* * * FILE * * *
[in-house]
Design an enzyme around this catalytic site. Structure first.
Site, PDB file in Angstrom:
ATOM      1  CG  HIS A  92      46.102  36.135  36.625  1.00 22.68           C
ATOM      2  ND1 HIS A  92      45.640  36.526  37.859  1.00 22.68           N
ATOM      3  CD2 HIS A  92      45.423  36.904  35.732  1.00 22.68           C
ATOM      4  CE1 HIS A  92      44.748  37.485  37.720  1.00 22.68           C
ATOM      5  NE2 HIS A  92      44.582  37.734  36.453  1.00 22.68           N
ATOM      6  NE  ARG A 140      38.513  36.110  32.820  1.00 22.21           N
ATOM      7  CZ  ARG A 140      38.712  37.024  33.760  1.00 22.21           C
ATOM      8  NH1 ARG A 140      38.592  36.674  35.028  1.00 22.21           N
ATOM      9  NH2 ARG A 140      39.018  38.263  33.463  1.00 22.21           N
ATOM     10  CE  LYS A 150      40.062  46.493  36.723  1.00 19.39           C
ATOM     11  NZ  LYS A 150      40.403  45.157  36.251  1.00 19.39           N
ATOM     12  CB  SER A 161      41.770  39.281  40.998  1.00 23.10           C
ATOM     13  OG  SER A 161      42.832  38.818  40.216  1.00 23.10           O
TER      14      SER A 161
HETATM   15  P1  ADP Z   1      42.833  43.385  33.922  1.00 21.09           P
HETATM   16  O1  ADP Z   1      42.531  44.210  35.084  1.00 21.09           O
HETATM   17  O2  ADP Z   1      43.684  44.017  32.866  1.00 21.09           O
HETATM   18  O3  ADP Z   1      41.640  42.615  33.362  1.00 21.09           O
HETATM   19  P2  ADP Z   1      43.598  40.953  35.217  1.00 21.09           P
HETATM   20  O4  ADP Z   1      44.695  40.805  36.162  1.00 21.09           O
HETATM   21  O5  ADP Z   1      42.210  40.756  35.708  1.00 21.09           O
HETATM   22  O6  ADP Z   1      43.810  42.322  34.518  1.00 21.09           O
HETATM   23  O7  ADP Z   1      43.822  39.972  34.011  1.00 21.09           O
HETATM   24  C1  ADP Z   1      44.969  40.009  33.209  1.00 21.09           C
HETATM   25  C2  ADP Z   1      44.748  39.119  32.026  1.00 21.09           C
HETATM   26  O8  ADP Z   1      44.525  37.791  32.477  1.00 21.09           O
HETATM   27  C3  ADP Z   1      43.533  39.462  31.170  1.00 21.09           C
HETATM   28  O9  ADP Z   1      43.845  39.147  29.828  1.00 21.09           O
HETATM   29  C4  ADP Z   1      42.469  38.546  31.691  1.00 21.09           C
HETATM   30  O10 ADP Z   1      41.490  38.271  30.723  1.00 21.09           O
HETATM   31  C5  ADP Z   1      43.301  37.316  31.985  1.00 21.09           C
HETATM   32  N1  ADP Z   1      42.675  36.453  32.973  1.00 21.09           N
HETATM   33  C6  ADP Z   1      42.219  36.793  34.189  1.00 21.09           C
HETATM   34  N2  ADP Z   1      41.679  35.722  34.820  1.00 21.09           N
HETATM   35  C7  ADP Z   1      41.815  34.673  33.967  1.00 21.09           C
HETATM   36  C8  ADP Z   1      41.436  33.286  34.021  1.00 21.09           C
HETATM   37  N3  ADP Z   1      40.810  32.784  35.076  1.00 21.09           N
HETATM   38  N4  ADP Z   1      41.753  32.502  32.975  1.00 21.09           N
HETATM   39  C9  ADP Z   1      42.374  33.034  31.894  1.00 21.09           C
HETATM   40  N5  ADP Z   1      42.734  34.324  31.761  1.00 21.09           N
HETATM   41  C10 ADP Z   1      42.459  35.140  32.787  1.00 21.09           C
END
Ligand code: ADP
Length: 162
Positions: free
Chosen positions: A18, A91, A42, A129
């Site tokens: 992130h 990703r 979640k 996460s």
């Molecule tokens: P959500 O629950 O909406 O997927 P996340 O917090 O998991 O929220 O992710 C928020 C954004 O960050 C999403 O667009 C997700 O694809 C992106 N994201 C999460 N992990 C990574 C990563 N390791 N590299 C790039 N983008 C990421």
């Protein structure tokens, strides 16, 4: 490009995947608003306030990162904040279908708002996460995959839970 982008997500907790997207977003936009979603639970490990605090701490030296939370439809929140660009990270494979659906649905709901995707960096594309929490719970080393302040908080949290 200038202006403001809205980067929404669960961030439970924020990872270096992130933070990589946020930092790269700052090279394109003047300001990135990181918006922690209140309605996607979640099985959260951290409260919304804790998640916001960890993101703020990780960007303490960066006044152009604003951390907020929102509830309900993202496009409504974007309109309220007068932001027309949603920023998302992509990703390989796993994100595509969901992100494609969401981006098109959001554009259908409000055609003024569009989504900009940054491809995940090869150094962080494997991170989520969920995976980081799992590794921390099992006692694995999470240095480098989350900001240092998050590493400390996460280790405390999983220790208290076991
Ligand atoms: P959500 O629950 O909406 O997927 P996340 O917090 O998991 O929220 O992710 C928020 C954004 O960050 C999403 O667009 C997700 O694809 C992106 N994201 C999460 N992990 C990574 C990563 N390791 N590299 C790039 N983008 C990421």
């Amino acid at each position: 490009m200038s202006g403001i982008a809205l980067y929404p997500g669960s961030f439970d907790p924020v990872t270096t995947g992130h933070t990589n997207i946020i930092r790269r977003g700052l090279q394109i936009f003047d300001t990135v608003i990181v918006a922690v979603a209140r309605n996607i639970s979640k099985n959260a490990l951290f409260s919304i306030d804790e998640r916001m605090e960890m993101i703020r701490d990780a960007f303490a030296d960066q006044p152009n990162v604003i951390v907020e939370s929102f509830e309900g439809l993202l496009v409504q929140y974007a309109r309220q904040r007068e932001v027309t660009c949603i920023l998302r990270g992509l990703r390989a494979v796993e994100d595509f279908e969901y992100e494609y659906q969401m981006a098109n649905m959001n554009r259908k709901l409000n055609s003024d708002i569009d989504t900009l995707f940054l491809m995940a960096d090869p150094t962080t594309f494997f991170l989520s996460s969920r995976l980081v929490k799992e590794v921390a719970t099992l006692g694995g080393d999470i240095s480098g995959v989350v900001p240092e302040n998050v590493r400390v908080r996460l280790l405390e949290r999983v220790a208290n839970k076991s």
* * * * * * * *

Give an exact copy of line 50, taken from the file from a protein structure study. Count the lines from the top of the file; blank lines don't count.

């Site tokens: 992130h 990703r 979640k 996460s």